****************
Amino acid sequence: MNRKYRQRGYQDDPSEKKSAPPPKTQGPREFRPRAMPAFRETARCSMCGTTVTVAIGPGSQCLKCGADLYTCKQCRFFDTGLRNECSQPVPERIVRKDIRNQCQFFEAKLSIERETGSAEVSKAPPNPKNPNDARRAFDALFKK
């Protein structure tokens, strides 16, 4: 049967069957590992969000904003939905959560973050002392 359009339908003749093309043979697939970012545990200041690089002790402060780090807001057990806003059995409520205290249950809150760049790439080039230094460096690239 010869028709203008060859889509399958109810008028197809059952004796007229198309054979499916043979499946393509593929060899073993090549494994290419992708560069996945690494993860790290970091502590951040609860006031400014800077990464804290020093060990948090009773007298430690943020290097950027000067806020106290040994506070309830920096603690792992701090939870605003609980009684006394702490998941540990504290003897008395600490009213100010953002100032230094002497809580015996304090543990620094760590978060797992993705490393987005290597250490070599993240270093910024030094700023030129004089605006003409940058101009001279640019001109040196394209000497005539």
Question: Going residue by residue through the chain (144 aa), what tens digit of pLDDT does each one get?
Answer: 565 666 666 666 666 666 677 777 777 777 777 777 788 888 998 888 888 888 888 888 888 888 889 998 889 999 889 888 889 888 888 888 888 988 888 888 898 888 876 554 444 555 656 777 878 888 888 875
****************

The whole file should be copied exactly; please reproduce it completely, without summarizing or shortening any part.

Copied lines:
Amino acid sequence: MNRKYRQRGYQDDPSEKKSAPPPKTQGPREFRPRAMPAFRETARCSMCGTTVTVAIGPGSQCLKCGADLYTCKQCRFFDTGLRNECSQPVPERIVRKDIRNQCQFFEAKLSIERETGSAEVSKAPPNPKNPNDARRAFDALFKK
């Protein structure tokens, strides 16, 4: 049967069957590992969000904003939905959560973050002392 359009339908003749093309043979697939970012545990200041690089002790402060780090807001057990806003059995409520205290249950809150760049790439080039230094460096690239 010869028709203008060859889509399958109810008028197809059952004796007229198309054979499916043979499946393509593929060899073993090549494994290419992708560069996945690494993860790290970091502590951040609860006031400014800077990464804290020093060990948090009773007298430690943020290097950027000067806020106290040994506070309830920096603690792992701090939870605003609980009684006394702490998941540990504290003897008395600490009213100010953002100032230094002497809580015996304090543990620094760590978060797992993705490393987005290597250490070599993240270093910024030094700023030129004089605006003409940058101009001279640019001109040196394209000497005539």
Question: Going residue by residue through the chain (144 aa), what tens digit of pLDDT does each one get?
Answer: 565 666 666 666 666 666 677 777 777 777 777 777 788 888 998 888 888 888 888 888 888 888 889 998 889 999 889 888 889 888 888 888 888 988 888 888 898 888 876 554 444 555 656 777 878 888 888 875